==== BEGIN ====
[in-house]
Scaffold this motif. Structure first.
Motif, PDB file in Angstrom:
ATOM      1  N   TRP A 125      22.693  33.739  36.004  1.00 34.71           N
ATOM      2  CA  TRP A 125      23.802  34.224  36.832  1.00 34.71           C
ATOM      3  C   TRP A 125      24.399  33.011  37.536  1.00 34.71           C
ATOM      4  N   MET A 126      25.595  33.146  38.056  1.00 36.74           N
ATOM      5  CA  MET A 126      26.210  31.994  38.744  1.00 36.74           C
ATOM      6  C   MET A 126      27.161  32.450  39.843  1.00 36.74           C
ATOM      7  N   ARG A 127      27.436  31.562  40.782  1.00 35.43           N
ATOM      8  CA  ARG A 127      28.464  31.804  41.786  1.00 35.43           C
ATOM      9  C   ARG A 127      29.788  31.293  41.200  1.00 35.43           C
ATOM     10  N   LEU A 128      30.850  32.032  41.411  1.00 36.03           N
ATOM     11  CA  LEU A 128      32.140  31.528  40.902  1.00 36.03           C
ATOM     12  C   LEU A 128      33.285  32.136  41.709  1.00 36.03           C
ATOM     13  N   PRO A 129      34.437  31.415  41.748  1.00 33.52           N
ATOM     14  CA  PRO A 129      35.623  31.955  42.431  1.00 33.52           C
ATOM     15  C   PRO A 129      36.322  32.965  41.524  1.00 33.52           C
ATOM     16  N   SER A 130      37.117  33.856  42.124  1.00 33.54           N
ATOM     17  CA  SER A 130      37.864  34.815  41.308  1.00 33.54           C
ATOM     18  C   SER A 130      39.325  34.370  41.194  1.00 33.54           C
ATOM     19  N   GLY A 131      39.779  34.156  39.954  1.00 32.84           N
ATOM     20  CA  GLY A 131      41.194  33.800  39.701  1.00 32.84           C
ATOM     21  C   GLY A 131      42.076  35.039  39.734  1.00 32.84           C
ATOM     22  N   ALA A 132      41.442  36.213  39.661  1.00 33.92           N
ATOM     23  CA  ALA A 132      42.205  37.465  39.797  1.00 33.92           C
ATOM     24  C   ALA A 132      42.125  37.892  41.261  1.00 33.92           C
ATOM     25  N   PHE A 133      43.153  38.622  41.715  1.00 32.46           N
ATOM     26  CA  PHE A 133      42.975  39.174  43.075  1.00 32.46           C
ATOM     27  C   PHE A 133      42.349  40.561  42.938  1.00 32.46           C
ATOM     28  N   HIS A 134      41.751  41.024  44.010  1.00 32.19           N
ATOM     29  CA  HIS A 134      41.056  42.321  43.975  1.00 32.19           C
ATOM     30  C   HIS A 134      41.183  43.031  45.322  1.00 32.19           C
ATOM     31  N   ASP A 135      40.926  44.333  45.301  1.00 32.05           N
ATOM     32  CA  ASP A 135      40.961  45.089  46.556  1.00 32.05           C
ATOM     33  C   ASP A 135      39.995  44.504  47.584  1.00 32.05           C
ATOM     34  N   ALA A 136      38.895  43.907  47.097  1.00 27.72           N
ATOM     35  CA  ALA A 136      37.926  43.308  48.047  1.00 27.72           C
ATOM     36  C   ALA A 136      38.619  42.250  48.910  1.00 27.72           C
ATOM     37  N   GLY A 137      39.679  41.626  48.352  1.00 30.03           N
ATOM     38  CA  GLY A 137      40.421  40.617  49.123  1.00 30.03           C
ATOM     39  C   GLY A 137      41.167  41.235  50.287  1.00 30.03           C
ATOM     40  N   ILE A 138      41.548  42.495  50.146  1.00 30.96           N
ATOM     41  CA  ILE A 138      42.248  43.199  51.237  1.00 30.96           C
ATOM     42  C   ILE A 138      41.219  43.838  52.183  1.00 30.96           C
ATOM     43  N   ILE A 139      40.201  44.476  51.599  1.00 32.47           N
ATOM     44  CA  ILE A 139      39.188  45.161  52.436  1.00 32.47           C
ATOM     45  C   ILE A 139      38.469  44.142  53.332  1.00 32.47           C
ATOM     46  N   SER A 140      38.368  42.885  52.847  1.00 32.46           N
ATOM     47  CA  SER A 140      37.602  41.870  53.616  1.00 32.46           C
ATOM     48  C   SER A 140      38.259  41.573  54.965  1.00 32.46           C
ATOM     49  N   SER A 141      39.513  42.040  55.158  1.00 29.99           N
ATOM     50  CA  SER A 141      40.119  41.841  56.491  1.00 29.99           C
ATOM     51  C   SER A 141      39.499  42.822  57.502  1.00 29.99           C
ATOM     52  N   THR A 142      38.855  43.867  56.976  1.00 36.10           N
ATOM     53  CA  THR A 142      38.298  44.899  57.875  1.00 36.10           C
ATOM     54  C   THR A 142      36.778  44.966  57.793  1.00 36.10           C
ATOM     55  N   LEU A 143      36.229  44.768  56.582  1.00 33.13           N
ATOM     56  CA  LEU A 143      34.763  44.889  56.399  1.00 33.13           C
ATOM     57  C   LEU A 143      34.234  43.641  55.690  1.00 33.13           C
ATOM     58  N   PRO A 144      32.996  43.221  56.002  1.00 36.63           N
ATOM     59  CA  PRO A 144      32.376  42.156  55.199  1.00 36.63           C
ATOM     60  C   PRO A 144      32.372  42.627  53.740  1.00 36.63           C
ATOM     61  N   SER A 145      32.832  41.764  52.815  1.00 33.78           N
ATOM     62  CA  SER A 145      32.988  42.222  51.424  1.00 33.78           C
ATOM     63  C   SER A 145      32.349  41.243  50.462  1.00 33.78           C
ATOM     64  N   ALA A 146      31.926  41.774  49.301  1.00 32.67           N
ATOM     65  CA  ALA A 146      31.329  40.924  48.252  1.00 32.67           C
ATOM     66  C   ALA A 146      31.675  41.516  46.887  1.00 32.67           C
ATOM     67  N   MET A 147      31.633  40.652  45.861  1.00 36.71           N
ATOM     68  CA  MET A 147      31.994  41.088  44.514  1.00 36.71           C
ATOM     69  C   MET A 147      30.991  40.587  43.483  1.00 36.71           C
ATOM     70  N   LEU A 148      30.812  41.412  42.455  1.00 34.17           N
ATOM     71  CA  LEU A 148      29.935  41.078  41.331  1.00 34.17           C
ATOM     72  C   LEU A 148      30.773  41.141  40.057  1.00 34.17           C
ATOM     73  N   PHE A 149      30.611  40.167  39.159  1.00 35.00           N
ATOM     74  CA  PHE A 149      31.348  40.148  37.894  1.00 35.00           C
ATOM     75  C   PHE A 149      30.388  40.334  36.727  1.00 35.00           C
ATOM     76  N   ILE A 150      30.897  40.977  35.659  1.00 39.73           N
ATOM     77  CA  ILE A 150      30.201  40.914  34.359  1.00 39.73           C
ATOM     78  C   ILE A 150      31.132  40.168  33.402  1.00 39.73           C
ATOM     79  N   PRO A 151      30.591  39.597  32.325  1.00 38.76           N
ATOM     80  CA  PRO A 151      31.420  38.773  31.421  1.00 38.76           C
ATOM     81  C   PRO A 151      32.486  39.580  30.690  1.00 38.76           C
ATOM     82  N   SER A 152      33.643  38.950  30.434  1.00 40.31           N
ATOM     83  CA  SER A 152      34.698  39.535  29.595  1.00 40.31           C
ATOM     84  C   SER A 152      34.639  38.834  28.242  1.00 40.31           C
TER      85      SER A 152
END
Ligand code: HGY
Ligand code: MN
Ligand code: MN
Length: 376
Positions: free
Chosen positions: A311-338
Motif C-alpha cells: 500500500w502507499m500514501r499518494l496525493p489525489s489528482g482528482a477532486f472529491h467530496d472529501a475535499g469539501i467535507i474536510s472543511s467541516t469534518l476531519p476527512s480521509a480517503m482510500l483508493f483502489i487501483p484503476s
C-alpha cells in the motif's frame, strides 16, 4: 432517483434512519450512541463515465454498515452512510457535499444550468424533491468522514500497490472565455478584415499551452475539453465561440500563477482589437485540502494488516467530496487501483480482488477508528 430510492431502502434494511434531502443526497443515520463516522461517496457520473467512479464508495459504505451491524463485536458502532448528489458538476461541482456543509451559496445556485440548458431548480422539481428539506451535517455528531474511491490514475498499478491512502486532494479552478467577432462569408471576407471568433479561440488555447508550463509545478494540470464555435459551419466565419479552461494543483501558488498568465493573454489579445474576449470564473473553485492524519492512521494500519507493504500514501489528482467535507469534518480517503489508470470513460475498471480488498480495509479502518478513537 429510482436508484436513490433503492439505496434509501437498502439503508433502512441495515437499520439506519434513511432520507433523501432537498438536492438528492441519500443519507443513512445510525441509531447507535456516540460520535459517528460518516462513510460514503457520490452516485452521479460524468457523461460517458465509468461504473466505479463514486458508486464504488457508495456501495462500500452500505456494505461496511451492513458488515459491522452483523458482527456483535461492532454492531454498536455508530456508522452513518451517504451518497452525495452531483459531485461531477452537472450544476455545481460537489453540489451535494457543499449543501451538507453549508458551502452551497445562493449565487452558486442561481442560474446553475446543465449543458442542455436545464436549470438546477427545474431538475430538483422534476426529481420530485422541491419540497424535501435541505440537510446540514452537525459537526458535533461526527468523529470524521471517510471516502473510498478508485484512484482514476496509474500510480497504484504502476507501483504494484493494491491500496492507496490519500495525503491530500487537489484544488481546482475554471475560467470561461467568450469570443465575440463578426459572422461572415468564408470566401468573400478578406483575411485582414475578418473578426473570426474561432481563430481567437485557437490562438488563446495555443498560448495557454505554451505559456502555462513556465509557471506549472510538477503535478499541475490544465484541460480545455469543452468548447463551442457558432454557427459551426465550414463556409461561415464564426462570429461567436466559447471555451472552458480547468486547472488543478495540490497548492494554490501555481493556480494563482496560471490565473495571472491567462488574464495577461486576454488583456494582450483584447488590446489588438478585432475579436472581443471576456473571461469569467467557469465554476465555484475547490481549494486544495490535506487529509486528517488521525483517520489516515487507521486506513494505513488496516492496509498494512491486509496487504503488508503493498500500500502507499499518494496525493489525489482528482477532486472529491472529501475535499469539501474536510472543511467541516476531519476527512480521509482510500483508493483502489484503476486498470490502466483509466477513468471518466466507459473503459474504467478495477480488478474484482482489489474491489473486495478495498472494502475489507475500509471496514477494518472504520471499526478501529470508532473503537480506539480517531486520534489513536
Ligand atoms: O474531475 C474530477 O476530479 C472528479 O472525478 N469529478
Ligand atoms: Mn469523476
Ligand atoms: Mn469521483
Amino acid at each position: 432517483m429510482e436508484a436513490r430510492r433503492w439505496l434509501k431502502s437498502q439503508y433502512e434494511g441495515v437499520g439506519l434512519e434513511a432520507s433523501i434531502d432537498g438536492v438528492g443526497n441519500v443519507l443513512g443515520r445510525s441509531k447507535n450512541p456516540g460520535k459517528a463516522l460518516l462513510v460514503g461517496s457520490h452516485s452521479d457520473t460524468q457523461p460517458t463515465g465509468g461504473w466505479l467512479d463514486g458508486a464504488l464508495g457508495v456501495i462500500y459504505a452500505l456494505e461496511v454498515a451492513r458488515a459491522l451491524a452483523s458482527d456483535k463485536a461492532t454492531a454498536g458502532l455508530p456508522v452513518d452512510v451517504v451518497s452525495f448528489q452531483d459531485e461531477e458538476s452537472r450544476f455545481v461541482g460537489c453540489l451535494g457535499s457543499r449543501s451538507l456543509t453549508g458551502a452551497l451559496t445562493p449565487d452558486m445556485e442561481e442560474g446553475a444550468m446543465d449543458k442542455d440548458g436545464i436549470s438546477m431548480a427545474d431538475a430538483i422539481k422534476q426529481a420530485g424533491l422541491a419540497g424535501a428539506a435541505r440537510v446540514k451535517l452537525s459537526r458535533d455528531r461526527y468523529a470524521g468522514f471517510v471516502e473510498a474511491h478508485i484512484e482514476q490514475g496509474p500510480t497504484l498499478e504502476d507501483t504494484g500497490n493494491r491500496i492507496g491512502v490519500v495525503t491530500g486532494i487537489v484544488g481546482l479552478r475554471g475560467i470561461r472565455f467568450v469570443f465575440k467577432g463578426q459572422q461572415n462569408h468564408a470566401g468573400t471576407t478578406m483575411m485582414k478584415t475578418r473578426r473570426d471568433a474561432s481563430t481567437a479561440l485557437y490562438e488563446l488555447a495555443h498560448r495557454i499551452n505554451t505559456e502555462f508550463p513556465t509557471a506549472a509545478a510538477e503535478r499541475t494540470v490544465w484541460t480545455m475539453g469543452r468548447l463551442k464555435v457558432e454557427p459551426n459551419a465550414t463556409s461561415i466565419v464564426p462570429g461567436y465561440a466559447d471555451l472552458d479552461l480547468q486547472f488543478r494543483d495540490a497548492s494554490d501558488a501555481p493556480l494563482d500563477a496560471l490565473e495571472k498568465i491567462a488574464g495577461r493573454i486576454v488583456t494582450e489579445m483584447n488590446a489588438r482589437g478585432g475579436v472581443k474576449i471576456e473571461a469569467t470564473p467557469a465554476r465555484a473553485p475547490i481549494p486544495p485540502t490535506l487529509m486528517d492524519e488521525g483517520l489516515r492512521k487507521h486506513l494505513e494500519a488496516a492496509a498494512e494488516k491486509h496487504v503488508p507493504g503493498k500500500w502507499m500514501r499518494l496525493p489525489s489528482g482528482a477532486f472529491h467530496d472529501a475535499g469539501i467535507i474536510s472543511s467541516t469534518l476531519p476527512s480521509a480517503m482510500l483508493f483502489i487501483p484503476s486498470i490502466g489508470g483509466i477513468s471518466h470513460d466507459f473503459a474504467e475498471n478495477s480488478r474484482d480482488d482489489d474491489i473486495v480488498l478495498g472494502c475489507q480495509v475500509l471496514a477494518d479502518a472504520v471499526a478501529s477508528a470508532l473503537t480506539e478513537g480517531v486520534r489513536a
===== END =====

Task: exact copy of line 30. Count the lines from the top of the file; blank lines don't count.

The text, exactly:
ATOM     27  C   PHE A 133      42.349  40.561  42.938  1.00 32.46           C